Breastfeeding has been identified as a protective measure to defend against infection, while cigarette smoking is linked with increasing the risk of infection. The purpose of this research was to determine if there is a relationship between dietary influences and exposure to cigarette smoke on myringotomy rates of infants. The Betty Neuman Systems Model was the theoretical framework which guided the study. The researcher, using a correlational ex post facto study design, sought an answer to the question: Is there a relationship between dietary influences and exposure to cigarette smoke on myringotomy rates of infants? A convenience sampling of 128 infants two years old or younger who had undergone myringotomy with pressure equalization tube insertion was utilized. A hospital in north Mississippi was the site of the study. The medical records of subjects were reviewed for data collection. Categorical data were analyzed utilizing a chi-square test of independence with a 0.05 level of significance, 95% confidence interval, and one degree of freedom. The critical chi-square value was 3.841. The research test iv statistic of 0.119 did not exceed the critical value. Therefore, no statistically significant relationship was found between dietary influences and exposure to cigarette smoke on myringotomy rates of infants. A serendipitous finding which indicated a significant increase in myringotomy rates in bottle fed infants (78%) was a strong implication for the encouragement of breastfeeding through parental education by the nurse practitioner. Recommendation for further research included conduction of a similar study which incorporated a different research design to allow for prospective data collection.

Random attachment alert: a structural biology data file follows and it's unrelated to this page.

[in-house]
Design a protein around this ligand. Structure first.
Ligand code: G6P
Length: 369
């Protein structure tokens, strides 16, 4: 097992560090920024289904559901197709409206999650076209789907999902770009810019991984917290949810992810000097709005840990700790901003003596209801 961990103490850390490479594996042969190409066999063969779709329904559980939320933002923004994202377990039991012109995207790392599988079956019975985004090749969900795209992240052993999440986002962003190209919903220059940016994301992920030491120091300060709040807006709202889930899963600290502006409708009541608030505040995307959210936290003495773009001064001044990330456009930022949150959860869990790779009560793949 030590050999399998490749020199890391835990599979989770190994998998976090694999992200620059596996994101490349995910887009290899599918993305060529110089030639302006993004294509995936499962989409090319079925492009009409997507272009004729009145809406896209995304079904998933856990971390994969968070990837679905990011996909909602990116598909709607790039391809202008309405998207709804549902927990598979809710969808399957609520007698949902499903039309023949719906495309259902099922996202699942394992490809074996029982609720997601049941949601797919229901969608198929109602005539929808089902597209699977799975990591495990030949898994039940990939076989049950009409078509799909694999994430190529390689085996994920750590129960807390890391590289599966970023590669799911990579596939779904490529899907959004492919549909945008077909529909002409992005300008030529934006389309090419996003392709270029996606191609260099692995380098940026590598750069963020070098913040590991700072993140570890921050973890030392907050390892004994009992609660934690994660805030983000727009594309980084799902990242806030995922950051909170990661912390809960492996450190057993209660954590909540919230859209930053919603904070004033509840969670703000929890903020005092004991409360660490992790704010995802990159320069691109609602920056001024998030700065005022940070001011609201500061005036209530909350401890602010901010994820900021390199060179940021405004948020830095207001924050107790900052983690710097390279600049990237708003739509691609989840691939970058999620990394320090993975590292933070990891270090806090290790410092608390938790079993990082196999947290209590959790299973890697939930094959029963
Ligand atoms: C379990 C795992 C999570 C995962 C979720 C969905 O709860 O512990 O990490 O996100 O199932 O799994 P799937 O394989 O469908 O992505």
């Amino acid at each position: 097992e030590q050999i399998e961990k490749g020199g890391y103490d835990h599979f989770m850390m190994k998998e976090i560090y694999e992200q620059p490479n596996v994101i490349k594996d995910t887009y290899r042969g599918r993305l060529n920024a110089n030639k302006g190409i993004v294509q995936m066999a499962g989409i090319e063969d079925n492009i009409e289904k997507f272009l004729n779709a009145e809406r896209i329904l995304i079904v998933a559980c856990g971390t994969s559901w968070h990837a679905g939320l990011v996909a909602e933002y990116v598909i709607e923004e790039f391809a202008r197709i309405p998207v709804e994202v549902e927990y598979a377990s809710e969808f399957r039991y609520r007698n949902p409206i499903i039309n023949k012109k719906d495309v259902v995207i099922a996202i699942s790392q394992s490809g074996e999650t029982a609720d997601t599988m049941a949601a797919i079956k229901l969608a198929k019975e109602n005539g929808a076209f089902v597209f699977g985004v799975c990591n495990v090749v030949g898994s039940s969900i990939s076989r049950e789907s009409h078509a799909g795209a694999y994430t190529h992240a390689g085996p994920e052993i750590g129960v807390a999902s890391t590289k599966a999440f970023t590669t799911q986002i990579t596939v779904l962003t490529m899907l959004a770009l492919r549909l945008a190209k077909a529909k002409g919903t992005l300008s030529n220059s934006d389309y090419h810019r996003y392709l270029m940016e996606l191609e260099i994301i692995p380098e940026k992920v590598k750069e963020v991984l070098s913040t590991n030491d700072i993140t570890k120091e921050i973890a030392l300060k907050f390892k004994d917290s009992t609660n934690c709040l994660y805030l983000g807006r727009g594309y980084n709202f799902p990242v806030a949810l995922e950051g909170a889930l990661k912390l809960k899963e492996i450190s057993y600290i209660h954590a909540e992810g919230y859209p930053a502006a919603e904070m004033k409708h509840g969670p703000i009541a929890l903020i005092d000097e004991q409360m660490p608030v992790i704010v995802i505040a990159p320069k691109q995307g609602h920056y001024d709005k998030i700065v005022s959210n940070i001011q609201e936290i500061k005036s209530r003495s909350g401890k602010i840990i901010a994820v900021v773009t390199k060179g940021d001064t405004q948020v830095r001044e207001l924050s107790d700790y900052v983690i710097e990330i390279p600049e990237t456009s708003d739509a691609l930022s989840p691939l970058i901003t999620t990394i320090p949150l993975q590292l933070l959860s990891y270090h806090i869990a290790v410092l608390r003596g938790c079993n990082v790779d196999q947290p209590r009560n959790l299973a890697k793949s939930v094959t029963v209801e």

Master of Science in Nursing (MSN)
Dr. Patricia E. Smyth
Dr. Bonnie Lockard
Thompson, Melanie Eller, "Dietary Influences and Exposure to Cigarette Smoke on Myringotomy Rates of Infants" (1996). MSN Research Projects. 88.